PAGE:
By Susan Thrasher
As fly fishers, there are so many different areas we can focus on to improve our chances of having a successful day on the river. One of the most important areas is casting and the ability to adapt to different situations. One casting technique, that is a must for your arsenal, is the roll cast. Although this is often the first cast taught to beginners because it is easy to learn, it is a valuable casting method that is consistently used by the most experienced fly fisherman.
To start, it’s important to note that practice should take place on water since it is the tension created between the water and line that loads the rod and gives the results you are looking for. If grass is your only option, you can still practice by stretching the line out in front of you and tying the end of your line to a hula-hoop, brick or anything that will anchor the end of the line. This will provide the tension needed to create the roll. Following the three simple steps outlined below, and with a little practice, you’ll be roll casting before you know it.
Begin with fifteen or twenty feet of line extended beyond the rod tip. The line is held with the line hand at belt buckle level. Body position should be square to the target with the right foot back. Slowly, with rod extended parallel to the water, drag the line towards you by lifting and tilting the rod slightly to a vertical position. Your rod hand will be at temple level, similar to answering a phone. Shift weight to the back foot. Tilting the rod will move the fly line to your side and away from your shoulder. The fly line will now be slightly behind you forming a belly or a “D” shape. At this point stop to examine your set up. Is your wrist straight? The correct wrist position will result in a 45-degree angle between the rod butt and forearm. Are you tense? If so, relax. Have you selected a target? Where do you want the fly to land? Use your elbow as a line of sight to your desired target. Is there still line on the water? There should be. The surface tension of the water on the line is what creates the smooth turn over of the loop. Is the “D” shaped line behind your shoulder at a complete stop? If so, then you’re ready for step two.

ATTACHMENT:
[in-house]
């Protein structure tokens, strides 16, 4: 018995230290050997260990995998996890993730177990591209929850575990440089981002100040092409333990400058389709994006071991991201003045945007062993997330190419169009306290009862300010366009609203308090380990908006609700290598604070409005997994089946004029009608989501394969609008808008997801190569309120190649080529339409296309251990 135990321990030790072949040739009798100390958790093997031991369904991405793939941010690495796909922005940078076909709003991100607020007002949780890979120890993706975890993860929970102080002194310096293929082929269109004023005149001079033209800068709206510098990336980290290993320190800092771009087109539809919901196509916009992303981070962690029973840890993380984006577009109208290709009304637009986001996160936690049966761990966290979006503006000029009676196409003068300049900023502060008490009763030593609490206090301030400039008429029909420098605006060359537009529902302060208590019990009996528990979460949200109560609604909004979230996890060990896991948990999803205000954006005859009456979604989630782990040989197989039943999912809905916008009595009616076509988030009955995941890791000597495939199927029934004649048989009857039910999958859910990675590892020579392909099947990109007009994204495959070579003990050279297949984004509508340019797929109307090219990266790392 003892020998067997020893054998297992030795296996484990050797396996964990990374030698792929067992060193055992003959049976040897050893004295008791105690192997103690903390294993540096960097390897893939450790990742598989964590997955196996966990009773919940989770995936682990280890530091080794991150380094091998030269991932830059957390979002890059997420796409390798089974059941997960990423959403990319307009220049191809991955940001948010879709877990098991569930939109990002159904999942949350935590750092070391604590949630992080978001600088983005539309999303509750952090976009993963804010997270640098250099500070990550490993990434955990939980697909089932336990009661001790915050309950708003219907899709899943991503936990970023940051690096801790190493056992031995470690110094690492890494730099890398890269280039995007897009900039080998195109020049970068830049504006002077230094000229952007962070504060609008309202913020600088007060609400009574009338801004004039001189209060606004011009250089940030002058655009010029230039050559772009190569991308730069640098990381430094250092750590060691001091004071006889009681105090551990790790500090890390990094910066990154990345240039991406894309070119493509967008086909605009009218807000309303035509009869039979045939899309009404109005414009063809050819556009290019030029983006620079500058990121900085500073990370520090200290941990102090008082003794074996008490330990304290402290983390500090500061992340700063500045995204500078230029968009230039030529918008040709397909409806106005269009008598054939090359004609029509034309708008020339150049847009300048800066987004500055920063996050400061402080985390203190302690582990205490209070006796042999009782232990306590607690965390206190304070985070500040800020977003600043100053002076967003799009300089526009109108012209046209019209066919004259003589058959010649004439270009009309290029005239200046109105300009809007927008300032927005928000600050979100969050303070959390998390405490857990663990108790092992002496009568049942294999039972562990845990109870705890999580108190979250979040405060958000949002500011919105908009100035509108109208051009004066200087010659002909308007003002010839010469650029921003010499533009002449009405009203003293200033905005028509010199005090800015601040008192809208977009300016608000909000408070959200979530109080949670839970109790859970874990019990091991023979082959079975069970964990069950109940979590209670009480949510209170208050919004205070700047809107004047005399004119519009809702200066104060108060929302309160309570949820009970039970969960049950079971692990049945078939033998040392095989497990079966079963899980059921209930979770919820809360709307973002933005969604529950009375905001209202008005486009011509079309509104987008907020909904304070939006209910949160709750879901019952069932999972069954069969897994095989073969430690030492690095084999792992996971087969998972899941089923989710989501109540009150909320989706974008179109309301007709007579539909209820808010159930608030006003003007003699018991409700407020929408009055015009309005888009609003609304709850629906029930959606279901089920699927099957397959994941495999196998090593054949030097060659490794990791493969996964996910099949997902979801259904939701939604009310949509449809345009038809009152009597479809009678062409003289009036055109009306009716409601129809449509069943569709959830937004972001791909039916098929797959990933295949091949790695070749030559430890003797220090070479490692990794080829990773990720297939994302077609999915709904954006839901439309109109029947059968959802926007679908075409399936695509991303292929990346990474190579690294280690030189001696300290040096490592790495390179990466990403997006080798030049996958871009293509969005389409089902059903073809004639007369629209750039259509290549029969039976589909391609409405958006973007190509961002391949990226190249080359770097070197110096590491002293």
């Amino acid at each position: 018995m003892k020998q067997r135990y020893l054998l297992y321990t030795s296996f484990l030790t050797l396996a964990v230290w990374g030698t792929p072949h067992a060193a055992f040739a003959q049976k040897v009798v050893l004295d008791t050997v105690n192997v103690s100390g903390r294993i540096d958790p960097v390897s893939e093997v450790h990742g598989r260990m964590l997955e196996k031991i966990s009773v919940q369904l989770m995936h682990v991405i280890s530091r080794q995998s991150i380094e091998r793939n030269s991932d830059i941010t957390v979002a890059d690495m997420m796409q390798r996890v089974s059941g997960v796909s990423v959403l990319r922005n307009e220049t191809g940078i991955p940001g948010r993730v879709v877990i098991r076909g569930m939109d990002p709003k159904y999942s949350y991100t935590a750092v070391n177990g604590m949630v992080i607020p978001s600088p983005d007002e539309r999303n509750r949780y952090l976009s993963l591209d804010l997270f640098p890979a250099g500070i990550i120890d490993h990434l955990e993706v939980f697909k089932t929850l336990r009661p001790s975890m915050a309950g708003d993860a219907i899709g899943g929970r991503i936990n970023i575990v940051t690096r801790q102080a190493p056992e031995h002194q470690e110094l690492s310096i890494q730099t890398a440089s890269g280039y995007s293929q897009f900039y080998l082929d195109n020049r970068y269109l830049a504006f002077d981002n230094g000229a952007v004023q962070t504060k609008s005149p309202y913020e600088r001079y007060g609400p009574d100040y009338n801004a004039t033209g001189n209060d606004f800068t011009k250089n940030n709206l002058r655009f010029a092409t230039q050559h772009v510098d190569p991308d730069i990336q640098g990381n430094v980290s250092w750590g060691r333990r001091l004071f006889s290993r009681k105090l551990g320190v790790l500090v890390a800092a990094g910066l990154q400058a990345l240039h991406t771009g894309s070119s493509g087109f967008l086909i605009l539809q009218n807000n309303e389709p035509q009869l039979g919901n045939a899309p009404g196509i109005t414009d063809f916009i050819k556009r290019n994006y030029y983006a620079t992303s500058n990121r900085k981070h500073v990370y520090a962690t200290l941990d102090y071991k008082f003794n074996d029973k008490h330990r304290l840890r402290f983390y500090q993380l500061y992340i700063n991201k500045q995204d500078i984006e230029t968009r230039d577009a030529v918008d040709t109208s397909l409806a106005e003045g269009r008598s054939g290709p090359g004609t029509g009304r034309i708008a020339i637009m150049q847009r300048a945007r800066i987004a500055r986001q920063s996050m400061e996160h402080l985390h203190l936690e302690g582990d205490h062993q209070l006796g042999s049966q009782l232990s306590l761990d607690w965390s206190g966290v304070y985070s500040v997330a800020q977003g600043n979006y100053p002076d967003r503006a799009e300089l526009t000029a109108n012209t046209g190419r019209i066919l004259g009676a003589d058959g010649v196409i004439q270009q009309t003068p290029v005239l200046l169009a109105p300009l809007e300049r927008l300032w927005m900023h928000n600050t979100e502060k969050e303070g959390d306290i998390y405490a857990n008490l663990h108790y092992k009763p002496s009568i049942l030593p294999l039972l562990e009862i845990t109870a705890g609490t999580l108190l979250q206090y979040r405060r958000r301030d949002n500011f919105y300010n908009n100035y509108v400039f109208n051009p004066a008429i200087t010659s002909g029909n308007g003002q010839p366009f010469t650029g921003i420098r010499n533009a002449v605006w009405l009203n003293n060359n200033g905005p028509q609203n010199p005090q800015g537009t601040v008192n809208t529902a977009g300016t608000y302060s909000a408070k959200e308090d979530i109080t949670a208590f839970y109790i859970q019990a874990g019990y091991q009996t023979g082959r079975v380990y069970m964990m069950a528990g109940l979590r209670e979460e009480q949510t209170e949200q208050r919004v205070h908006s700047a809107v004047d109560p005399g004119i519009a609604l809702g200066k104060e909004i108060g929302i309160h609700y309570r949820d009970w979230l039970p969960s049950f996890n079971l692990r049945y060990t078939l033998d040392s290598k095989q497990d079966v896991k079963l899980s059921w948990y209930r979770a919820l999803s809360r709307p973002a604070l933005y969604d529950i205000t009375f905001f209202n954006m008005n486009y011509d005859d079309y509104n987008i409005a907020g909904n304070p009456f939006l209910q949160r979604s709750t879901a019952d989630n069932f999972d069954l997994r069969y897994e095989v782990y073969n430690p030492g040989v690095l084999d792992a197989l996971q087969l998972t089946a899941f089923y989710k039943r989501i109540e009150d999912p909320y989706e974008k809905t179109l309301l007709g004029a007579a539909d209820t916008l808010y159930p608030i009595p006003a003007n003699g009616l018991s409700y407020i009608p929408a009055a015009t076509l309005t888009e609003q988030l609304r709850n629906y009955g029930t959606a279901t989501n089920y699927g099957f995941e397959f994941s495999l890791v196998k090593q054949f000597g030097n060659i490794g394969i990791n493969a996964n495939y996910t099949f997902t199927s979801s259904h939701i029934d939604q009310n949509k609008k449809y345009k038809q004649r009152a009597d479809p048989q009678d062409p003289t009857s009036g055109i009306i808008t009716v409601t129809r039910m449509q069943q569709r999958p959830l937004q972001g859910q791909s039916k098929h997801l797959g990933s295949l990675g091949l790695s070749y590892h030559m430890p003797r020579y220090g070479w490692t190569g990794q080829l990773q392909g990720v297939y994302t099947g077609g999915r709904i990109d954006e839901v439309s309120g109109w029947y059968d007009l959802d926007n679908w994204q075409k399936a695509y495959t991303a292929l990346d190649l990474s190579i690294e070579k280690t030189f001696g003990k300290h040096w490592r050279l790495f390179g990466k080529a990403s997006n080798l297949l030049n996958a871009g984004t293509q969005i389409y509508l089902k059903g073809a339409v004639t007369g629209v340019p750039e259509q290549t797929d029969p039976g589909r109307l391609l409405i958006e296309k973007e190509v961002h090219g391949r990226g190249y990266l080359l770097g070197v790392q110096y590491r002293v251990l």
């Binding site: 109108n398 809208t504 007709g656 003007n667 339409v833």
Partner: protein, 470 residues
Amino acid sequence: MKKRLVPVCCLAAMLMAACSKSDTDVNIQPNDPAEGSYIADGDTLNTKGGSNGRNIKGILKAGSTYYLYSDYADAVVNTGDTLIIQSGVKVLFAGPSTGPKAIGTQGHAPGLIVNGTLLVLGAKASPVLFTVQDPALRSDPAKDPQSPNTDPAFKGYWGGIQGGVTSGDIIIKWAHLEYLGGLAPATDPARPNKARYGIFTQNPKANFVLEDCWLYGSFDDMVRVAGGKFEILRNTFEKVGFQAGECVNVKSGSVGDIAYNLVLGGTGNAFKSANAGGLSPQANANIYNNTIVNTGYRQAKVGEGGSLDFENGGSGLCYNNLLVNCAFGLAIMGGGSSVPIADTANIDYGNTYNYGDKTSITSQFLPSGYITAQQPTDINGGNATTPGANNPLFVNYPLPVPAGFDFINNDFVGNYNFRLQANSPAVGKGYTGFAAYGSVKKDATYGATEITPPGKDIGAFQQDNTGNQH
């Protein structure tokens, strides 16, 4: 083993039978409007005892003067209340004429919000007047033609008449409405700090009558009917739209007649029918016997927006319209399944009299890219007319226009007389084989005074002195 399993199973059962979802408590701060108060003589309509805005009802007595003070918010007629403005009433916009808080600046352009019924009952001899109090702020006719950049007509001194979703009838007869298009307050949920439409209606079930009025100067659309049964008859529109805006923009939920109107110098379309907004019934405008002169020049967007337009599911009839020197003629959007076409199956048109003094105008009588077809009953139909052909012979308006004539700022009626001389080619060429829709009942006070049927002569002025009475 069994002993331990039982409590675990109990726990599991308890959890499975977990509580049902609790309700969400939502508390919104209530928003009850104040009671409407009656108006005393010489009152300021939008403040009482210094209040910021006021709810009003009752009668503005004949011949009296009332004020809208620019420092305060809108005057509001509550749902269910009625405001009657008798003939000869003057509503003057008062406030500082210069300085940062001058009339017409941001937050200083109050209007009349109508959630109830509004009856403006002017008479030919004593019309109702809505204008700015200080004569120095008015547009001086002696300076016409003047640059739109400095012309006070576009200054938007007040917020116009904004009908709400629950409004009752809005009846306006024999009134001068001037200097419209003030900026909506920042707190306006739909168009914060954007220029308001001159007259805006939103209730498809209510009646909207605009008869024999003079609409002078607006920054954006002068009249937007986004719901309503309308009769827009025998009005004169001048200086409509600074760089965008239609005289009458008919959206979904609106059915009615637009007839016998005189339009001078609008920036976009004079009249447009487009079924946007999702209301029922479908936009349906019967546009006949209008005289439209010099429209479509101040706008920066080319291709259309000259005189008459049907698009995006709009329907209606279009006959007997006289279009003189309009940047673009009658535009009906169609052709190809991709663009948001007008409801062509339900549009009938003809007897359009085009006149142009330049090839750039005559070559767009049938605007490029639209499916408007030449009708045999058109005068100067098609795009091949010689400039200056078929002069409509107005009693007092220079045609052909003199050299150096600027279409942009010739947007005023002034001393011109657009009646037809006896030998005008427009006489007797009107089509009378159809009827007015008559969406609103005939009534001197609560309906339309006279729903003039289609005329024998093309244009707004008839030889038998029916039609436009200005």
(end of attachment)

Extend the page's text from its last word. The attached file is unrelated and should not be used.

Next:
Shift your weight to your front foot and immediately follow with a downward movement of the rod, leading with the elbow and rotating from the shoulder. As your thumb comes into peripheral view, firmly snap your wrist forward keeping your elbow slightly bent. Do not extend to a straight-arm position. The roll can either be in the air or on the water. This depends on the wrist snap position. If the snap is lower, the roll is along the water. After the snap, the rod butt will be against the underside of your forearm and change from 45 degrees to 0 degrees. Pause to allow the rod to pull the line beyond the rod tip and roll out to your target.
Continue the cast with the rod tip pointed to the target. Your arm will be extended, however slightly flexed at the elbow. Follow through with the cast until your fly lands on the water.
Adapting to the current
The steps outlined above work well when the current is running from right to left, but what about when the river is running from your left to right? Simply start with your casting hand over your left eye, step back with your left foot and form the “D” loop over your opposite shoulder. Everything else is just the same.
You can use the roll cast in a number of situations, for instance in tight spots where back casts are restricted due to rocks, trees or brush and you can use it to remove slack in the line or lift a sinking line to the surface. So, start practicing! Mastering the roll cast as one of your casting techniques is sure to make you a better fly fisherman.
Susan Thrasher is the owner of Southern Brookies Fly Fishing and is a FFF Certified Casting Instructor. Contact her at www.southernbrookies.com